Risk of Cancer in Children Conceived by Assisted Reproductive Technology
BACKGROUND AND OBJECTIVE: An increasing number of children are born after assisted reproductive technology (ART), and monitoring their long-term health effects is of interest. This study compares cancer risk in children conceived by ART to that in children conceived without.
METHODS: The Medical Birth Registry of Norway contains individual information on all children born in Norway (including information of ART conceptions). All children born between 1984 and 2011 constituted the study cohort, and cancer data were obtained from the Cancer Registry of Norway. Follow-up started at date of birth and ended on the date of the first cancer diagnosis, death, emigration, or December 31, 2011. A Cox proportional hazards model was used to calculate hazard ratios (HR) and 95% confidence intervals (CI) of overall cancer risk between children conceived by ART and those not. Cancer risk was also assessed separately for all childhood cancer types.
RESULTS: The study cohort comprised 1 628 658 children, of which 25 782 were conceived by ART. Of the total 4554 cancers, 51 occurred in ART-conceived children. Risk of overall cancer was not significantly elevated (HR 1.21; 95% CI 0.90–1.63). However, increased risk of leukemia was observed for children conceived by ART compared with those who were not (HR 1.67; 95% CI 1.02–2.73). Elevated risk of Hodgkin's lymphoma was also found for ART-conceived children (HR 3.63; 95% CI 1.12–11.72), although this was based on small numbers.
CONCLUSIONS: This population-based cohort study found elevated risks of leukemia and Hodgkin's lymphoma in children conceived by ART.
- ALL —
- acute lymphoid leukemia
- AML —
- acute myeloid leukemia
- ART —
- assisted reproductive technology
- CI —
- confidence interval
- CNS —
- central nervous system
- CRN —
- Cancer Registry of Norway
- HR —
- hazard ratio
- ICCC —
- International Classification of Childhood Cancer
- ICSI —
- intracytoplasmic sperm injection
- IVF —
- in vitro fertilization
- MBRN —
- Medical Birth Registry of Norway
- PID —
- personal identification number
What’s Known on This Subject:
Several epidemiologic studies concerning fertility treatment and childhood cancer have found no increase in overall cancer risk. However, some studies report elevated risks for individual cancer types, especially for hematologic cancers.
What This Study Adds:
The current study found elevated risks of leukemia in assisted reproductive technology (ART)-conceived children. It contributes data to the existing knowledge on cancer risk in ART offspring, by using a large, complete, nationwide cohort of >25 000 children conceived by ART.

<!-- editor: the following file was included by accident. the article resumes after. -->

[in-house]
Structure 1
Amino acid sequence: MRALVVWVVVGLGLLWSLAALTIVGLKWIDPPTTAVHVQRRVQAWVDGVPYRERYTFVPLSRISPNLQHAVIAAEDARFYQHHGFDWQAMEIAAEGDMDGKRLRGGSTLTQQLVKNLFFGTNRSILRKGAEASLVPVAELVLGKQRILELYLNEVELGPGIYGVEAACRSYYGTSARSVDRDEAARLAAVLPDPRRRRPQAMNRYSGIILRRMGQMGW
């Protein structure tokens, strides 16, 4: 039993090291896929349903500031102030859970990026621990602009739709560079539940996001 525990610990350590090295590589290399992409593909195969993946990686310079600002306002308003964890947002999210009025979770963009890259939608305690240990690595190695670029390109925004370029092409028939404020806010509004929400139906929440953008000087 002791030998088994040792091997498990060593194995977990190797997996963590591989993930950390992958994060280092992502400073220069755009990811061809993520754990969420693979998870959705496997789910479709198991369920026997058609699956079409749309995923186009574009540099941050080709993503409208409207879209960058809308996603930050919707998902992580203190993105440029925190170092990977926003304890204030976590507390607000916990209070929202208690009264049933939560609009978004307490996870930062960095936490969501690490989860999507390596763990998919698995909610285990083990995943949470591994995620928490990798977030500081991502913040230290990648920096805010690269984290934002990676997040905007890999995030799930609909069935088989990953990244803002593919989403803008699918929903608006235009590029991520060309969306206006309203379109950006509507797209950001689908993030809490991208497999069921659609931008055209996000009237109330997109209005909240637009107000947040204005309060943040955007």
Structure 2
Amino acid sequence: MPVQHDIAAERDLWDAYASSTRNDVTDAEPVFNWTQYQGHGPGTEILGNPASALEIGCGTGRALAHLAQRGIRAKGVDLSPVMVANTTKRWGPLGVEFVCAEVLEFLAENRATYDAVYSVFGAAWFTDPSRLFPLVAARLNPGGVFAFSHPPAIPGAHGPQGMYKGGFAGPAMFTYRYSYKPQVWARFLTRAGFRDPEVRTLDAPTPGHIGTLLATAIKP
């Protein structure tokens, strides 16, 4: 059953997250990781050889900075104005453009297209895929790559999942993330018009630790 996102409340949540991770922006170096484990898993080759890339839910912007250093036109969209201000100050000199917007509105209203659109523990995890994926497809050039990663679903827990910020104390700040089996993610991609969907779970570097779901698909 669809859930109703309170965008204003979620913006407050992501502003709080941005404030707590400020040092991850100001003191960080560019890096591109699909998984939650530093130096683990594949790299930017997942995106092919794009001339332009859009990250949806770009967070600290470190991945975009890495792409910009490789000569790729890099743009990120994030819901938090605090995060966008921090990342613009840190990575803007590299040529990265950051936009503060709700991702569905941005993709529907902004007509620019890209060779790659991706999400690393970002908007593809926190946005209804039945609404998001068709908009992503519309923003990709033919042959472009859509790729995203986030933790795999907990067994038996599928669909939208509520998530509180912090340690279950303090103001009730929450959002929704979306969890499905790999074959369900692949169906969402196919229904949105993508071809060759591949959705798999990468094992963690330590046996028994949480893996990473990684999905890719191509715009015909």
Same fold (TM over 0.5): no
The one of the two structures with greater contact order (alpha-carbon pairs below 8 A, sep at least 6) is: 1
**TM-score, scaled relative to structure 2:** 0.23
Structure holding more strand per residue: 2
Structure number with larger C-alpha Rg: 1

More than 5 million children worldwide have been conceived by assisted reproductive technology (ART),1 and as these children advance into adulthood, monitoring their long-term health effects is important. Several studies have shown that children conceived by ART have increased risks of perinatal complications,2 congenital malformations,3–6 and somatic morbidity.7
Initial case reports of cancer risk in children born after ART concerned hepatoblastomas,8 neuroectodermal tumors,9 and malignant lymphomas.10 It was hypothesized that development of these tumors was influenced by factors related to conception or pregnancy because they are embryonic in type and appear early in life.11,12 In addition, children conceived by ART may have an increased incidence of imprinting disorders,13,14 some of which also are associated with elevated cancer risks.
Several epidemiologic studies concerning fertility treatment and cancer in the offspring have also been conducted, but only 2 have been nationwide and population-based.15,16 A recent meta-analysis, including the first of the 2 studies and several other smaller investigations, found an elevated risk of cancer overall as well as increased risks of several specific cancer types in children conceived by ART,17 in line with other studies reporting elevated risks of overall cancer.15,16 Specifically, some researchers have found increased risks of leukemia,16,18,19 central nervous system (CNS) tumors,20 hepatoblastomas,21 retinoblastomas,22 and neuroblastomas.23 On the other hand, many studies fail to detect an association between ART treatment and childhood cancer risk.24–27 Because childhood cancer is rare, many of the mentioned studies are restricted by few cancer cases. Furthermore, because the use of ART is increasing, many studies are limited by short follow-up time because the majority of children conceived by ART have been born in recent years.
The aim of the current study was to compare cancer risk in children conceived by ART to those conceived without ART, by using a cohort comprising all children born in Norway between 1984 and 2011. The study assessed risk of overall cancer and of specific types of childhood cancer as classified by the International Classification of Childhood Cancer (ICCC), including leukemias and myeloproliferative diseases, lymphomas, CNS neoplasms, neuroblastomas, retinoblastomas, renal tumors, hepatic tumors, malignant bone tumors, soft tissue tumors, and germ cell tumors.
The study included all children born in Norway between January 1, 1984, and December 31, 2011. This time period was chosen because 1984 was the first year a child was born after conception by ART in Norway. Cancer risk during childhood and adolescence in ART-conceived individuals was compared with the risk in those conceived without ART.